I sat down to write a blog post about a quote I believed to be attributable to James Baldwin. I deployed my librarian-ing skills and soon discovered that the quote was a rather far-reaching misattribution and that it had, instead, first been used by a man named James Robert Jones, Jr., who uses the Twitter handle @sonofbaldwin. So, while recognizing that the inspiration for this post was not from its presumed source, I’m still soldiering forward because I think this is still an idea worth exploring at this time, in this place. Here’s the epigraph for the blog post:

“We can disagree and still love each other unless your disagreement is rooted in my oppression and denial of my humanity and right to exist.” —@sonofbaldwin

So, murder hornets notwithstanding, we had an election in these here parts a couple of weeks ago. While the outcome of the election is still being debated in some circles, the general consensus of the process that has determined all presidential elections up to this one is that we will have a new president on January 20, 2021. In the wake of what has been an incredibly contentious election cycle, there have been calls for us to heal the breach that crops up every four years in the country spurred by divisive rhetoric and carry on as before. This has happened every four years since I’ve been of voting age, and it will probably happen every four years until I die. We’ve become so used to this call to come together that we may have reached a point where we don’t recognize that asking this of some of our nation’s citizens is tantamount to asking them to “agree to disagree” with individuals who question their humanity and right to exist in our society. This is an unreasonable thing to ask anyone to do.

Elections have consequences… without reference to the outcome of this one, a consequence of the process we just went through as a country is that there are those whose very inclusion in the system has been called into question repeatedly throughout the process as well as its aftermath. What seems like the next important question to ask is: who should lead the work to heal the breach? Asking for participation to heal the breach from those whose rights as citizens and humans both have been called into question repeatedly is wrong. Should not the job of healing the breach fall on a smaller number of shoulders than the universe of all US citizens? There are times when people who have a lot less skin in the game must do the work while letting those who most need the healing take a pass. The roles are clear in reparation work.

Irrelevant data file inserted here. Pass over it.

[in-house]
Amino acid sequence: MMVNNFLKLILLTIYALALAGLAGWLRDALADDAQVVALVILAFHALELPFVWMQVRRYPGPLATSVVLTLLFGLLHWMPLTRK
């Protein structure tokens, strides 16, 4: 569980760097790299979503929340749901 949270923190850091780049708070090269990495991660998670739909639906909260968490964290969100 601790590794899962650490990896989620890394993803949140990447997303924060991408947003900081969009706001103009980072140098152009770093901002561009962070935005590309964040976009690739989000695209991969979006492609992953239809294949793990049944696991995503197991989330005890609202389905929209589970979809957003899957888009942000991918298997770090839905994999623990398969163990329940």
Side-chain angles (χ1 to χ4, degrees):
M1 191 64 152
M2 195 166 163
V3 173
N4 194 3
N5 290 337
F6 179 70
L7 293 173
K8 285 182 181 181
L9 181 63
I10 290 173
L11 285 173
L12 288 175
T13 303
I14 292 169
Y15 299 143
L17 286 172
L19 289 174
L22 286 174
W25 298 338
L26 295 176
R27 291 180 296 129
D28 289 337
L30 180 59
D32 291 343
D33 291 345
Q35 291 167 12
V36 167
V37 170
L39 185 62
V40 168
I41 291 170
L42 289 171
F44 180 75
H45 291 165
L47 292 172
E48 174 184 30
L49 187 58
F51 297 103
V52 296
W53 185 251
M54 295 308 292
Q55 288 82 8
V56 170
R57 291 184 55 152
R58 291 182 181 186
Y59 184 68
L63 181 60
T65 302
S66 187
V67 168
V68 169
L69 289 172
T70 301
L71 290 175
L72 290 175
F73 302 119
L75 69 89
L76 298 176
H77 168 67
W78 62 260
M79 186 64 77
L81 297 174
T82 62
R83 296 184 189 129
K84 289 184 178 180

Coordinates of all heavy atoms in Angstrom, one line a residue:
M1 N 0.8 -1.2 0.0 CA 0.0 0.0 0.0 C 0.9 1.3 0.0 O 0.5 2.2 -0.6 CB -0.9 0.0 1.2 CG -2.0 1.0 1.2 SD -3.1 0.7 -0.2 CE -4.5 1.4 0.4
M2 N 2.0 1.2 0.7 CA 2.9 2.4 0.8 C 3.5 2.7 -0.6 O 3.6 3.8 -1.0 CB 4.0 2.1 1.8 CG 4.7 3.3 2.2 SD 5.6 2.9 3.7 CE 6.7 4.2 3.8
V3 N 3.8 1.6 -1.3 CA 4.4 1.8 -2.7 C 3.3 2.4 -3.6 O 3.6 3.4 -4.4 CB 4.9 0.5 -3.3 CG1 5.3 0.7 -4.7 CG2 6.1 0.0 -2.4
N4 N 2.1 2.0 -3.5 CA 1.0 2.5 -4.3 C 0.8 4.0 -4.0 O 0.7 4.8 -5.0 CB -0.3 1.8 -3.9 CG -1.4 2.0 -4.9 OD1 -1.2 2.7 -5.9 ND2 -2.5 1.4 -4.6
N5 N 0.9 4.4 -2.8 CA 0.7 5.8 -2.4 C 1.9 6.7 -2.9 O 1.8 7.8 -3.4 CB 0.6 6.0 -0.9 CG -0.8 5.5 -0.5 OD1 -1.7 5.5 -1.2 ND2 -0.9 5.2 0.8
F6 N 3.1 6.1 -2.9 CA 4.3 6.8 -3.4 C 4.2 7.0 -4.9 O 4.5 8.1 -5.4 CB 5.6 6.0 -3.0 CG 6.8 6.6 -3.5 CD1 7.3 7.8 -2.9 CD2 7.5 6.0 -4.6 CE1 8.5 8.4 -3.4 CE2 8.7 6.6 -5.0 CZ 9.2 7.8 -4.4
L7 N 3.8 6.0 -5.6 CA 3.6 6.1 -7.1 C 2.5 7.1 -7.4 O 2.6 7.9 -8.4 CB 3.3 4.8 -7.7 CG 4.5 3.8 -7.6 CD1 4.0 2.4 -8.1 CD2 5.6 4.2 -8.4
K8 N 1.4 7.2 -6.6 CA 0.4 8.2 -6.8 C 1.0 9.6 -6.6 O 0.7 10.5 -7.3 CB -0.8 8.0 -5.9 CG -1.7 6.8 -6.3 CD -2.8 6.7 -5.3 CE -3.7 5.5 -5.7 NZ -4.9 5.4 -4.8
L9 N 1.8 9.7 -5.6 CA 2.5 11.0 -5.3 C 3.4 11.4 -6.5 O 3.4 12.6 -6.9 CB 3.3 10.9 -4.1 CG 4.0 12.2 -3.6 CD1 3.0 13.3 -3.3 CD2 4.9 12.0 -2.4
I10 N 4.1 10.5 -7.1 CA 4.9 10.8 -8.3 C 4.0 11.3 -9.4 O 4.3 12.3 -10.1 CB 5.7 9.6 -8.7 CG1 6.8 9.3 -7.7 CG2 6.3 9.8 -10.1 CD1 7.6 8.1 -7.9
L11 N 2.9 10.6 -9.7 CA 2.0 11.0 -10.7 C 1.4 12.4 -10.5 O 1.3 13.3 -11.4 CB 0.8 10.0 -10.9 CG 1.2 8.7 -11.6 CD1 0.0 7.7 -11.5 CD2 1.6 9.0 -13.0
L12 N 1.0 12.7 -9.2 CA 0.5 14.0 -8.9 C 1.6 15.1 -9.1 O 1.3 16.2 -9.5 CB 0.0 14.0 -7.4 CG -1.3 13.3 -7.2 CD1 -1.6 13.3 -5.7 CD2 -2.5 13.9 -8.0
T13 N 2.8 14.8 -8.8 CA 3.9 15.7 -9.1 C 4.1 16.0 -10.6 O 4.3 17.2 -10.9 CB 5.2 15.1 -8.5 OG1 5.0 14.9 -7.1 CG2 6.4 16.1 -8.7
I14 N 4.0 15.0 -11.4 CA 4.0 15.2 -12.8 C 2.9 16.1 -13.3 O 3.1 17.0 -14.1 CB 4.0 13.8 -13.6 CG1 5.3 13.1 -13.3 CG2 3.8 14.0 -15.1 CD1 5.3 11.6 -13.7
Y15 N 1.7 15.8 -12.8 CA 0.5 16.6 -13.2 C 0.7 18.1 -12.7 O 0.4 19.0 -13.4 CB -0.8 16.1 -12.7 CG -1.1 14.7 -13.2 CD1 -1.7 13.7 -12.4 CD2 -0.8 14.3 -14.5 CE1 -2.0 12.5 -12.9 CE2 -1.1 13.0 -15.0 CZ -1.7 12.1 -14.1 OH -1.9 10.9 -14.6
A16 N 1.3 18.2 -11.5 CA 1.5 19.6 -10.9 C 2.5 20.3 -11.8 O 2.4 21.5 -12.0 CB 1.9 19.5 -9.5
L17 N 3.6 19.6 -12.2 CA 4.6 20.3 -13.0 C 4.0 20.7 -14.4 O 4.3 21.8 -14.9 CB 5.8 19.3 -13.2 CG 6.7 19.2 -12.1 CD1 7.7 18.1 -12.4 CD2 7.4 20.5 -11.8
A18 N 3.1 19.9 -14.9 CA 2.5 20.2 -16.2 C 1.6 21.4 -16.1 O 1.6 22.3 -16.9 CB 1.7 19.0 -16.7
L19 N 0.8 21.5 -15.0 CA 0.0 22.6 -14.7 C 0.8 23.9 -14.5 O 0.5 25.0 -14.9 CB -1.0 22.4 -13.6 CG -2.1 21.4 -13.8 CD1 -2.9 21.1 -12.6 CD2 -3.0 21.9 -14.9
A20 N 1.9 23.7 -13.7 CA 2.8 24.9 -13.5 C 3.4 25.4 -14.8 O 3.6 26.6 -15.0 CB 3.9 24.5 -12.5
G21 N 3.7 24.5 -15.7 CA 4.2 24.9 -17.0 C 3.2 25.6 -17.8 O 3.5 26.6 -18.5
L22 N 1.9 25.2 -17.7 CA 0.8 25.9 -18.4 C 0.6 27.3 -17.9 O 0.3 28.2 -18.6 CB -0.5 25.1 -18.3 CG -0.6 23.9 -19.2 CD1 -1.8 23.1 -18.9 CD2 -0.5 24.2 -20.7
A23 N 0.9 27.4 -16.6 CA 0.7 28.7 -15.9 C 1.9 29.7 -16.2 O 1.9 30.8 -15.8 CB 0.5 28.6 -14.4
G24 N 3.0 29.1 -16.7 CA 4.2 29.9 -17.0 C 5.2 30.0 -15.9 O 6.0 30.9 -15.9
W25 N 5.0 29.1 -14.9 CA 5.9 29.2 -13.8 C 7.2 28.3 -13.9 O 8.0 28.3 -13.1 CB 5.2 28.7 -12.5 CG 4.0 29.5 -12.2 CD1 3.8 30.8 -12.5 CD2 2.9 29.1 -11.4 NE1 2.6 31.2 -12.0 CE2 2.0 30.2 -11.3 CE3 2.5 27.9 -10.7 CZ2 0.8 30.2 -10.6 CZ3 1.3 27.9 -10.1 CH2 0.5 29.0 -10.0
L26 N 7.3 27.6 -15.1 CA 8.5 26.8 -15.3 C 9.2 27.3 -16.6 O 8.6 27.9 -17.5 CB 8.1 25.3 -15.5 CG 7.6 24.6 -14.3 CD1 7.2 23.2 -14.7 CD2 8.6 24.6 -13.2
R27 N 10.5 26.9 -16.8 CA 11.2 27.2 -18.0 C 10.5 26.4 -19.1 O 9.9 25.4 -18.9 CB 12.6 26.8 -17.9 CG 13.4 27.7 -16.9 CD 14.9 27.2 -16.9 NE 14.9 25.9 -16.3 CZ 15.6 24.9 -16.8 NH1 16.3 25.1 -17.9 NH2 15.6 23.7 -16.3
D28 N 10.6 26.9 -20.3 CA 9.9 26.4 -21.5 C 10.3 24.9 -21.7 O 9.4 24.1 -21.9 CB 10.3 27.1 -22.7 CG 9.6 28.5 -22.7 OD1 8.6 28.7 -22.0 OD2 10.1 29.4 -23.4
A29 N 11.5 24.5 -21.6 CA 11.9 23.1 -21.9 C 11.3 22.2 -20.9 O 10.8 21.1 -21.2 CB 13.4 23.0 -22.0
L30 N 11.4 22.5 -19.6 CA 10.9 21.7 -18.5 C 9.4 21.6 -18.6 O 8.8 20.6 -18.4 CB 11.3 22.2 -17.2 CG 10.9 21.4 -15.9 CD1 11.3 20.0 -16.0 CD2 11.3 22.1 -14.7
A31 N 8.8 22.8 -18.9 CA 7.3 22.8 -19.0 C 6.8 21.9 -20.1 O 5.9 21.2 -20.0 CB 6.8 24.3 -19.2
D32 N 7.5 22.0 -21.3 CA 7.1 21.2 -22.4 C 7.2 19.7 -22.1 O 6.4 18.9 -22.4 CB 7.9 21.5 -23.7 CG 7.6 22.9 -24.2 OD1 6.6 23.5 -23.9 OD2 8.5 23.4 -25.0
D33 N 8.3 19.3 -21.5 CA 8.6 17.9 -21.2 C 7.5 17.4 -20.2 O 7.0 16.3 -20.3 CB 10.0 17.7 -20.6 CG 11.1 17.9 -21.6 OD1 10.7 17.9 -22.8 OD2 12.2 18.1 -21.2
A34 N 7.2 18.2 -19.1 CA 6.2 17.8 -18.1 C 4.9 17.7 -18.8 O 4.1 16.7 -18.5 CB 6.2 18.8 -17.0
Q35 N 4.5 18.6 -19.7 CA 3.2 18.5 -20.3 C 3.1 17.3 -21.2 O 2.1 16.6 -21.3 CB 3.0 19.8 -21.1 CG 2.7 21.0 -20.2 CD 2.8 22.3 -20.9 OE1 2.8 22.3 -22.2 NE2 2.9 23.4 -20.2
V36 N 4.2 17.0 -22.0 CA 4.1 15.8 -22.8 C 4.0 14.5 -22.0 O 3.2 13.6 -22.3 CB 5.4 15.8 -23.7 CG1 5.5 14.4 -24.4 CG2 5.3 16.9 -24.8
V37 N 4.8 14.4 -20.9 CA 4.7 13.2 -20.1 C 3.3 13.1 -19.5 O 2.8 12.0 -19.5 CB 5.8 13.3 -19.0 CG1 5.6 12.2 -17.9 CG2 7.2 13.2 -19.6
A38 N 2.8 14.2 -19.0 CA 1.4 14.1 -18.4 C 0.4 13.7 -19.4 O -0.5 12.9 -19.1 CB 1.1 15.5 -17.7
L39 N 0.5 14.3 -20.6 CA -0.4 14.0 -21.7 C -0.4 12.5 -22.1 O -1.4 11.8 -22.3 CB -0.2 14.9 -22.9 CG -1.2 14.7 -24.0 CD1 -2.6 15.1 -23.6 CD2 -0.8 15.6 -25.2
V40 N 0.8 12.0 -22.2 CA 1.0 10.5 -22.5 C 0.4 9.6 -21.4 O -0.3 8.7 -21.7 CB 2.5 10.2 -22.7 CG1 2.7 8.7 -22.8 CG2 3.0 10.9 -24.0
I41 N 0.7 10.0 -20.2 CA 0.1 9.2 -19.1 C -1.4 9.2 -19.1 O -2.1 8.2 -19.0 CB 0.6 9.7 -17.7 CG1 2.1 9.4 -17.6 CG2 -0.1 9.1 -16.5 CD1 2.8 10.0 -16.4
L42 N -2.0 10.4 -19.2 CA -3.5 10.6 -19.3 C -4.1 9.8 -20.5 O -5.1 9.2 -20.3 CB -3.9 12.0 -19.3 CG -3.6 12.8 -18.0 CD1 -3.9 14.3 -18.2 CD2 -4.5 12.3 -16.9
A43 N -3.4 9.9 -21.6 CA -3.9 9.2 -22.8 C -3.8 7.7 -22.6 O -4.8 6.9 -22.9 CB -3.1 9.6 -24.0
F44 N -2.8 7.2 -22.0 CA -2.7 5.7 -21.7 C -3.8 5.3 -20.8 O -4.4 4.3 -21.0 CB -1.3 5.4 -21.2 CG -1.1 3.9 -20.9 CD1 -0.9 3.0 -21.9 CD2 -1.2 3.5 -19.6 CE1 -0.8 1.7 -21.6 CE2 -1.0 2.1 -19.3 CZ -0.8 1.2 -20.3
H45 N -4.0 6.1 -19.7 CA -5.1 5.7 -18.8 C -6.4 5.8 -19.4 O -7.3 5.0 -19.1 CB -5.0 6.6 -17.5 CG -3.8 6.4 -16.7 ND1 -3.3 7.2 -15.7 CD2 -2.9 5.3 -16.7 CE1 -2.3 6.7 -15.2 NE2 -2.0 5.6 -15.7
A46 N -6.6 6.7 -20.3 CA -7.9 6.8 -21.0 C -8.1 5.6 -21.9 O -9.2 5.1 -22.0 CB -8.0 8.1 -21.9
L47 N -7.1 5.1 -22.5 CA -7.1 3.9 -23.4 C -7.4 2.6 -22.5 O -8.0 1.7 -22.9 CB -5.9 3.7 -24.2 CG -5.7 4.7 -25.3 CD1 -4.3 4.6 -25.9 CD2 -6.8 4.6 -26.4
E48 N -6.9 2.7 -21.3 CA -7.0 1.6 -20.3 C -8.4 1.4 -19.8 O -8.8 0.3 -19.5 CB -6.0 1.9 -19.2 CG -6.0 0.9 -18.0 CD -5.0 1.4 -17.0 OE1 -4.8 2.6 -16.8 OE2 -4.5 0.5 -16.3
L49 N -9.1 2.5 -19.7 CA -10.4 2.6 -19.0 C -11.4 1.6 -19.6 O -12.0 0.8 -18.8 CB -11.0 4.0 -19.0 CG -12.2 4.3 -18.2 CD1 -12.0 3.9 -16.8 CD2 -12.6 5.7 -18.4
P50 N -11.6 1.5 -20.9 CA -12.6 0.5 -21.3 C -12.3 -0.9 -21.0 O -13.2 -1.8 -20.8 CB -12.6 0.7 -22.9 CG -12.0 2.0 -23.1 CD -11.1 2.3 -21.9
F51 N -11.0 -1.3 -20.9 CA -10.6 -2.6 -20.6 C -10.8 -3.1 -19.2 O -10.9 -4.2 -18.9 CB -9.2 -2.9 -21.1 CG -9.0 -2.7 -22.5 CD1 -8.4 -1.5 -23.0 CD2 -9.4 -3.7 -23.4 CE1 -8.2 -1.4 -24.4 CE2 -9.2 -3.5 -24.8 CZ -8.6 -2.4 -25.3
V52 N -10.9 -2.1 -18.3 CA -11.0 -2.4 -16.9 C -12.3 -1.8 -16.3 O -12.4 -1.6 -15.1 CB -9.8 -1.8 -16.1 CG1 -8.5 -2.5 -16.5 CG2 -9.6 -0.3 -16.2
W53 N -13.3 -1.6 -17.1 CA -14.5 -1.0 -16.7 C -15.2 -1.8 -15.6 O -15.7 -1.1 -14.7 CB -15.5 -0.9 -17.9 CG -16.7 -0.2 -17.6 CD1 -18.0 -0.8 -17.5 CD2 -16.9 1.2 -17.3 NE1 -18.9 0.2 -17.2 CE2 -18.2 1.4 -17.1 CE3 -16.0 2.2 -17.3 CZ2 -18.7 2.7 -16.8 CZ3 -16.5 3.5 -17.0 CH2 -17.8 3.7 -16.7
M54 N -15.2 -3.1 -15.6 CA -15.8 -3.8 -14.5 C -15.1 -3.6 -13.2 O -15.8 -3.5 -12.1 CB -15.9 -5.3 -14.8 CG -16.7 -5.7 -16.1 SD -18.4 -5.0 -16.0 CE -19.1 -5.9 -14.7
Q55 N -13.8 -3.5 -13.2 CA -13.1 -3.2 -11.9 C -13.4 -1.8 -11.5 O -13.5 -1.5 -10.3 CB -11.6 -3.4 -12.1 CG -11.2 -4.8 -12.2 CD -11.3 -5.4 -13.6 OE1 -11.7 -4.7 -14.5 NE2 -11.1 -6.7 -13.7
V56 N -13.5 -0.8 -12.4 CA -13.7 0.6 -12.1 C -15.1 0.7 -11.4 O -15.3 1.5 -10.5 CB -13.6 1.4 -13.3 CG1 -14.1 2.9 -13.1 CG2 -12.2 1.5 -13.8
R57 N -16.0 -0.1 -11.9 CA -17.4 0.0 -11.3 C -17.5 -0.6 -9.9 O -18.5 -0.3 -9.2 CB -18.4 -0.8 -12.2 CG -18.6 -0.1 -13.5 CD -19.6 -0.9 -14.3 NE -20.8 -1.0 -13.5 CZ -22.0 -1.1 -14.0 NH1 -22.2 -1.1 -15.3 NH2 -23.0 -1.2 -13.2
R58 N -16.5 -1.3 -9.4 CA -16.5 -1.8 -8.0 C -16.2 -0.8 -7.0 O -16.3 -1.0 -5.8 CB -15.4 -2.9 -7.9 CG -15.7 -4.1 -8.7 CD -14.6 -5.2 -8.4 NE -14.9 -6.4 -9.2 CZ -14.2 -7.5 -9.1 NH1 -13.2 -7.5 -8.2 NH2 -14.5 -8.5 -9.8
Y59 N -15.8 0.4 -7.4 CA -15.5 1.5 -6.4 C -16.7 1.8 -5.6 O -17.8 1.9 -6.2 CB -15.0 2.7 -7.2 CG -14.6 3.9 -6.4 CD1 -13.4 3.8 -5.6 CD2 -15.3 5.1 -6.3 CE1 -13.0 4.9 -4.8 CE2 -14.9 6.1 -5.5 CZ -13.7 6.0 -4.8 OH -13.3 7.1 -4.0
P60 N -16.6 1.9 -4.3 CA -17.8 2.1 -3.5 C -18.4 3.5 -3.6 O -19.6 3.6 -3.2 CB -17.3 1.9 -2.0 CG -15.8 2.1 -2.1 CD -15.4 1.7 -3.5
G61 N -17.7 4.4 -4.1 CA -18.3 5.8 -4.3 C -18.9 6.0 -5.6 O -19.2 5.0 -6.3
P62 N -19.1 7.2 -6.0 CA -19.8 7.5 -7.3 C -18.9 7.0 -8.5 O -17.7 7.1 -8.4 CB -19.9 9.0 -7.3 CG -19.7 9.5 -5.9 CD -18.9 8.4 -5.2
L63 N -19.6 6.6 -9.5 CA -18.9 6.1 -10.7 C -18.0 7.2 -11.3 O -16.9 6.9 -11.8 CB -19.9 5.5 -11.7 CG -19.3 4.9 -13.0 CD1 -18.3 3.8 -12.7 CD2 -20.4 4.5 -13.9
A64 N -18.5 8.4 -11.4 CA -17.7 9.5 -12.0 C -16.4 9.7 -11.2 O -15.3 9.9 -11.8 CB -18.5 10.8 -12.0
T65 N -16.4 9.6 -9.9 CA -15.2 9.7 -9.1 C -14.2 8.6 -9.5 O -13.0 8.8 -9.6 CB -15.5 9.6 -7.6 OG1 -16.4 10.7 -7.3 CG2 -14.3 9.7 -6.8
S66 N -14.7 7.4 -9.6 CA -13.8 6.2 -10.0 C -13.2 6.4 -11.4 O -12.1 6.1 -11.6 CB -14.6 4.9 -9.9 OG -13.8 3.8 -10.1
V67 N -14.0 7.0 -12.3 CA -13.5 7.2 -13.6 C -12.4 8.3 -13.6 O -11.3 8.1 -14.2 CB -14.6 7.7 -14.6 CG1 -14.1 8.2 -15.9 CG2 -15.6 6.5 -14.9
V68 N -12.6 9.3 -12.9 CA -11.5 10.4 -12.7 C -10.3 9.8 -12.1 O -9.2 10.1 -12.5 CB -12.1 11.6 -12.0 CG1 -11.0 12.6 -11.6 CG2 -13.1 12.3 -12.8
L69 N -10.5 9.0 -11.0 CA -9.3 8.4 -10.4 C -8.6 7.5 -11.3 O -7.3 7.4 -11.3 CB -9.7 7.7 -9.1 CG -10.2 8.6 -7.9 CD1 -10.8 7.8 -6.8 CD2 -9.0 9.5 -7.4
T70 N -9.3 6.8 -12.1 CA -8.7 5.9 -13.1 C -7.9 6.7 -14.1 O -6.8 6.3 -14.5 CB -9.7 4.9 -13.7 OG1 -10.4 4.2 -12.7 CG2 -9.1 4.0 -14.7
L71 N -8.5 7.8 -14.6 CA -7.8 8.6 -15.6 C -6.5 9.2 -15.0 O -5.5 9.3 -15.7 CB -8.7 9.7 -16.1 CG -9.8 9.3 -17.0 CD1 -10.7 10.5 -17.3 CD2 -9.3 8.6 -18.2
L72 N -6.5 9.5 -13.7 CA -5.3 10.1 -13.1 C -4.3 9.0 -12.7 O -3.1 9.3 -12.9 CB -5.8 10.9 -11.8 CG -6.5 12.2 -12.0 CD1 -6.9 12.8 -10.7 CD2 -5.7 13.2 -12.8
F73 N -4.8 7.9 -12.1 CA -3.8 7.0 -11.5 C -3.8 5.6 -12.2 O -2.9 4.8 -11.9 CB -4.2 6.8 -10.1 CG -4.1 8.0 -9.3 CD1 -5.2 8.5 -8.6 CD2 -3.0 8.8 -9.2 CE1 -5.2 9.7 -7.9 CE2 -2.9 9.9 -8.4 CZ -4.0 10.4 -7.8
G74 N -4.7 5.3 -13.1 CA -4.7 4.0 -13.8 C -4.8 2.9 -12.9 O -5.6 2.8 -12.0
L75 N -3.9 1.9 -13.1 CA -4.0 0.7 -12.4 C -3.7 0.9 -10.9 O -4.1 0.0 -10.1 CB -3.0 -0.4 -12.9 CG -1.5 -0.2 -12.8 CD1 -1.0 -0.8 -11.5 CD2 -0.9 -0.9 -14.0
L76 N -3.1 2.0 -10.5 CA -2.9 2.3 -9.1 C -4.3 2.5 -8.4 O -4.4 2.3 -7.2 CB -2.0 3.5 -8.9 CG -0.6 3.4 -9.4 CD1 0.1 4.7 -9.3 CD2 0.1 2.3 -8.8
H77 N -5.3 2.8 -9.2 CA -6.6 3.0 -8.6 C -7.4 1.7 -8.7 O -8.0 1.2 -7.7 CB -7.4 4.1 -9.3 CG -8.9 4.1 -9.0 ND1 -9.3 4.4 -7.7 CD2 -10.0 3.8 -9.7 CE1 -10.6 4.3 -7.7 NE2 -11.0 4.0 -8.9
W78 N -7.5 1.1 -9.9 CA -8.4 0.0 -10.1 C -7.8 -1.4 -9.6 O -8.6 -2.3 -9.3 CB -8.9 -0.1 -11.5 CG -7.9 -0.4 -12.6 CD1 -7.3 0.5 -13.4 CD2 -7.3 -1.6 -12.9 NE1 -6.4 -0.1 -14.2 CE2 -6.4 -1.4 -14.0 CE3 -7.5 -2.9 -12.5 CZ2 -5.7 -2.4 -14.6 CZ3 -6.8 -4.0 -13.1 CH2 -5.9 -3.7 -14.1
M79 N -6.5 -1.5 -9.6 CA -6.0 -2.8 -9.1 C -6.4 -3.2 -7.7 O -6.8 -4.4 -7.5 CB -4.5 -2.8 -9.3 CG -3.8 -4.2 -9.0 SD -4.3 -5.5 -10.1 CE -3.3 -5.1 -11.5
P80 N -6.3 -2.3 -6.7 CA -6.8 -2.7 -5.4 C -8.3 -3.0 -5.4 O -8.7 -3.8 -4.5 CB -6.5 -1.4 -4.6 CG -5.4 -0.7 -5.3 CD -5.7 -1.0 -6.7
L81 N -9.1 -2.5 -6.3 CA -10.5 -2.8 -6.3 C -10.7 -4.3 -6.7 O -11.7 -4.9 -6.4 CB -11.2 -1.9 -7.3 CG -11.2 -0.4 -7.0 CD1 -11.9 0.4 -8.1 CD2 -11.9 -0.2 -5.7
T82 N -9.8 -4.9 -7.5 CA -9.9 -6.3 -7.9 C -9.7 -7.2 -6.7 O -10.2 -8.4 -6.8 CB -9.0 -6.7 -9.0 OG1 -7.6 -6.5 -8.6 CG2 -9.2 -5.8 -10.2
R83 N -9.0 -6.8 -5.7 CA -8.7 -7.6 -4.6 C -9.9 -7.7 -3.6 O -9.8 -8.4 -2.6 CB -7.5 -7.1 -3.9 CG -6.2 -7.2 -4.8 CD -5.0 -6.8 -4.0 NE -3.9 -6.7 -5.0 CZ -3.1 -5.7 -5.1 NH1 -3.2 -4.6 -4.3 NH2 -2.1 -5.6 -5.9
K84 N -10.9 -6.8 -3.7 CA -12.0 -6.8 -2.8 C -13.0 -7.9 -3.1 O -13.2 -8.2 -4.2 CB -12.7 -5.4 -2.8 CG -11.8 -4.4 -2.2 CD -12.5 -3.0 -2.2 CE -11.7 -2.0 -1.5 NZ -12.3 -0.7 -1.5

So, what do we as humans do? …and how does coming together work, actually? It does feel like right now we are in some sort of ridiculous détente where each side waits for the other to “go first” in some ritualistic return to the playground rules of our youth.

So I’m taking time to ponder what I can do to help. How can I personally heal this breach… because every time we call for breach healing, one thing is sure—everyone wants to be able to call “not it” like we did when we played schoolyard games as children. Like so much of our democratic process, that does not seem like a great way to determine whose job it is… and so I’m asking each of us to look inward to think about what we, as individuals, can do to help heal this huge divide. If we truly want to believe that there are “good people on both sides,” we actually need to be good people… and I would contend that being a good person is very much taking opportunities to have hard discussions with those on the “other” side (with the aforementioned caveat that there are some folks who do fall into a category that unequivocally gets to call “not it” on this one). If you are one such, this call to action is not for you, but for your allies. Since you may have visible characteristics that make it more likely that you be asked to have a conversation about these topics… I can’t give advice here since I don’t have the lived experience to do so. For everyone else, remember “ally” is a verb… and keep an eye out for opportunities to use it, always being sure to take cues from those you are trying to support.

Libraries are a great place to have these types of conversations, and we are eager to host them. Back in the spring when we started thinking a lot more about systemic racism as an organization, we began looking for opportunities to create ways to do this. When we decided to do a community read program we prioritized finding an author who was accessible to all ages and would give us opportunities to encourage conversations around these topics. Learn about our inaugural Rogue Reads program, featuring books by Jacqueline Woodson. The themes of her work will give us a chance to host conversations about race, family dynamics, identity, generational trauma, and religion. As a part of this multi-month program, there will be many opportunities to come together as a community to learn, connect, and grow. We hope you will join us.

OK, here’s a real James Baldwin quote to bring this around full circle: he wrote in Notes of a Native Son, “I imagine one of the reasons people cling to their hates so stubbornly is because they sense, once hate is gone, they will be forced to deal with pain.”

No backsies.

I think that’s a reasonable place to end this post.